The hero priest, Fr. Jean-Marc Fournier, who rushed inside a burning Notre Dame Cathedral to save the church’s priceless relics, including the Crown of Thorns and consecrated hosts under lock and key, is no stranger to heroism, according to reports that have surfaced since Monday.
Fr. Fournier led first responders in a human chain to save the religious relics, according to The Guardian, as flames engulfed the building’s roof — an incident started by what authorities believe was a small construction fire near the famous Notre Dame spire.
Fournier “demanded he be allowed into the cathedral with the firefighters to retrieve one of its holiest relics,” The Guardian reported.
Fr. Fournier managed to save a number of priceless objects, including Jesus’ Crown of Thorns, which He wore as He was beaten and mocked by Roman soldiers in the hours leading up to His crucifixion, and the tunic of St. Louis, one of the patron saints of France. He also rescued concescrated hosts, which Catholics believe hold the real presence of Jesus Christ, from within the church’s locked tabernacle.
“Father Fournier is an absolute hero,” one firefighter told local media, according to People Magazine. “He showed no fear at all as he made straight for the relics inside the cathedral, and made sure they were saved. He deals with life and death every day, and shows no fear.”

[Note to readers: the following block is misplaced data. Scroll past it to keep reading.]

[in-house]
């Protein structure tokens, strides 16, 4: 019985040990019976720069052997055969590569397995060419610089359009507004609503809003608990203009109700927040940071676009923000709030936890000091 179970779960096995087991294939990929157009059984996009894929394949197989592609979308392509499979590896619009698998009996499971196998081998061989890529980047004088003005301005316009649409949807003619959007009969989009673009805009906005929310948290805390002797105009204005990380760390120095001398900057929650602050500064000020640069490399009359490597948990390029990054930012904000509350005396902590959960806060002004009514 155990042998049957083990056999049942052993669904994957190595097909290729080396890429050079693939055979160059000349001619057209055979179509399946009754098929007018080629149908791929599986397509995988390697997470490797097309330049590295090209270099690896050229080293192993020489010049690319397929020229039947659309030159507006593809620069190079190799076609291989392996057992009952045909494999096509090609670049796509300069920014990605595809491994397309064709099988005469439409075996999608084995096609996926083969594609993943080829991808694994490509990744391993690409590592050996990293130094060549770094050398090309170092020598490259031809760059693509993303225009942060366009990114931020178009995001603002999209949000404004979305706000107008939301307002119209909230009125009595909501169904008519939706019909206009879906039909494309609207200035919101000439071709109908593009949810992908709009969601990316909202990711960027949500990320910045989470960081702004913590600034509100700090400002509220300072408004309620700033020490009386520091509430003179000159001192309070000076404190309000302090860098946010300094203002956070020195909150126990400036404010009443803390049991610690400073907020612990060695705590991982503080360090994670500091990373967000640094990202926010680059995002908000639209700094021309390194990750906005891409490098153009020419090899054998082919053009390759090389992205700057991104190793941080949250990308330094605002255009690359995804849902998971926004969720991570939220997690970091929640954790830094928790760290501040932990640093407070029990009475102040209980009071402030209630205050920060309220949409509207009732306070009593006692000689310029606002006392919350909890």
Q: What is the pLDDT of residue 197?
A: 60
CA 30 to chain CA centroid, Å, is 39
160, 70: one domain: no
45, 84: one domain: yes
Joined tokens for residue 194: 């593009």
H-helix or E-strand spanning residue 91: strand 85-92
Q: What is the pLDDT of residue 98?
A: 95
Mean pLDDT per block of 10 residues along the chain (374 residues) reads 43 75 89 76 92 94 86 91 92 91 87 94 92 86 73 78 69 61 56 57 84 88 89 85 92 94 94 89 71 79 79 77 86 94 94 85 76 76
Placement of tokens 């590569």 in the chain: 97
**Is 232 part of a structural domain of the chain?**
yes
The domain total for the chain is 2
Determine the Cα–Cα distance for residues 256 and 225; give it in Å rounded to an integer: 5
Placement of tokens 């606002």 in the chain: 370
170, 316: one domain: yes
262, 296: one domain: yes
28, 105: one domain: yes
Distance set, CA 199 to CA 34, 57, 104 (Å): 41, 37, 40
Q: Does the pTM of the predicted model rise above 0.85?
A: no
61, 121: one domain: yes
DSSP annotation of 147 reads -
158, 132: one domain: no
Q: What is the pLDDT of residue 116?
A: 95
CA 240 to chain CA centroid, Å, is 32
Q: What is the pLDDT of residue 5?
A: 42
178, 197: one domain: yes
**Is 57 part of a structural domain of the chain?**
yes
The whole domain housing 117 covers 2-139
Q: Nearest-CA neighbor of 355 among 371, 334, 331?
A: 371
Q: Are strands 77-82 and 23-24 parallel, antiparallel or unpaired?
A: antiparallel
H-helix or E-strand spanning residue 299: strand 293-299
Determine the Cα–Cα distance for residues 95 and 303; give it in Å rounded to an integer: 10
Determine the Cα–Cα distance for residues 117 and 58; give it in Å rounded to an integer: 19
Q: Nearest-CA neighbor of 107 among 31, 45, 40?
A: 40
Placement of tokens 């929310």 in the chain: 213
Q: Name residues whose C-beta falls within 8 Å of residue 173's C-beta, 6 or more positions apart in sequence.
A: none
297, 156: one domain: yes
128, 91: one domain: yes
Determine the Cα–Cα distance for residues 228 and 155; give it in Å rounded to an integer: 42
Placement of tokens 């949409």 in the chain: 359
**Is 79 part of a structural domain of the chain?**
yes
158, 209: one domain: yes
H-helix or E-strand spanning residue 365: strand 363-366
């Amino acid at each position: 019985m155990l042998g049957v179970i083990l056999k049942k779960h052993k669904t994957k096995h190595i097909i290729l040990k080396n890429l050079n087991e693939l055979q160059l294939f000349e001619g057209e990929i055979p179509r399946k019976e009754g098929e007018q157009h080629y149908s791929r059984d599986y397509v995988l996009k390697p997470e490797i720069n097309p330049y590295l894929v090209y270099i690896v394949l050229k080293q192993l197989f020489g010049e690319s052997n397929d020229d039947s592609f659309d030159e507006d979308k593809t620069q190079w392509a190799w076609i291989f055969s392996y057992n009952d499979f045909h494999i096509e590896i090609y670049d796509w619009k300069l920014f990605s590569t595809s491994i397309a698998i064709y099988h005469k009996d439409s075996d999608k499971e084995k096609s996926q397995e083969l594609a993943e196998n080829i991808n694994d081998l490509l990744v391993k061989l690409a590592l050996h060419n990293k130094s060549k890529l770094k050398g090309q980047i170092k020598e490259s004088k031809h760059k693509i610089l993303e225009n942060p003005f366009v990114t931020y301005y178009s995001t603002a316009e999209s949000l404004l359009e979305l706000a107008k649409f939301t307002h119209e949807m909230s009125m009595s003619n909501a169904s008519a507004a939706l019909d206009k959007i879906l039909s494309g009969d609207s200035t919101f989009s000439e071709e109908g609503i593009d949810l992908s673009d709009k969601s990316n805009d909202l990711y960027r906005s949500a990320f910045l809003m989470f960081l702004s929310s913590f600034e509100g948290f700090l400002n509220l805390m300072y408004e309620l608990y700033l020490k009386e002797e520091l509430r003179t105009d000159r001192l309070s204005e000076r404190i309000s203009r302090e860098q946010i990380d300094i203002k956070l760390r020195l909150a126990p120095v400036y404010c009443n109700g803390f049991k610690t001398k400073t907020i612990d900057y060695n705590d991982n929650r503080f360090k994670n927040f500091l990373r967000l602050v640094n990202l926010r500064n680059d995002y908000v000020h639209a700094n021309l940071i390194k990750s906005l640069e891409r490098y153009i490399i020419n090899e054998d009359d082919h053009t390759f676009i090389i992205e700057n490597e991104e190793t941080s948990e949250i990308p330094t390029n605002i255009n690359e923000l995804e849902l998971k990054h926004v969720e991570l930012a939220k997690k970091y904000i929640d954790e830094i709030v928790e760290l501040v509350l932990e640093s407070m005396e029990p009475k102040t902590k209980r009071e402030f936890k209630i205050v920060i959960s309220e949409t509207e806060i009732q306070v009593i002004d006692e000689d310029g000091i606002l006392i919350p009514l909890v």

Altogether, Fr. Fournier and others saved more than 40 works. He was pictured speaking to reporters outside the Cathedral as firefighters were putting out the blaze within.
— Etienne Loraillère ن (@Eloraillere) April 15, 2019
But Fr. Fournier is, apparently, no stranger to difficult situations.
In 2015, Fr. Fournier, then also the chaplain of Paris’ emergency services department, was part of the first wave of first responders who arrived at the Bataclan nightclub following reports of a terrorist attack. Fr. Fournier went in with police and firefighters, tended to and comforted the injured, performed the sacrament of the Annointing of the Sick for the gravely wounded, and gave the sacrament of Last Rites to the 89 victims of the attack.
“I gave collective absolution, as the Catholic Church authorizes me,” Fr. Fournier told reporters on scene after the attack.
But it also turns out Fr. Fournier is a war hero. He served in the Diocese of the French Armed Forces for nearly a decade before becoming Paris’ emergency services chaplain, and was deployed to Afghanistan where “he survived an ambush that killed 10 of his fellow soldiers,” according to Newsweek.
He spoke about his time in Afghanistan to media when he returned from his deployment. “On my first trip to Afghanistan, I was seized by fear,” he said. “Everything I saw could potentially be dangerous, as we had learned during training courses.”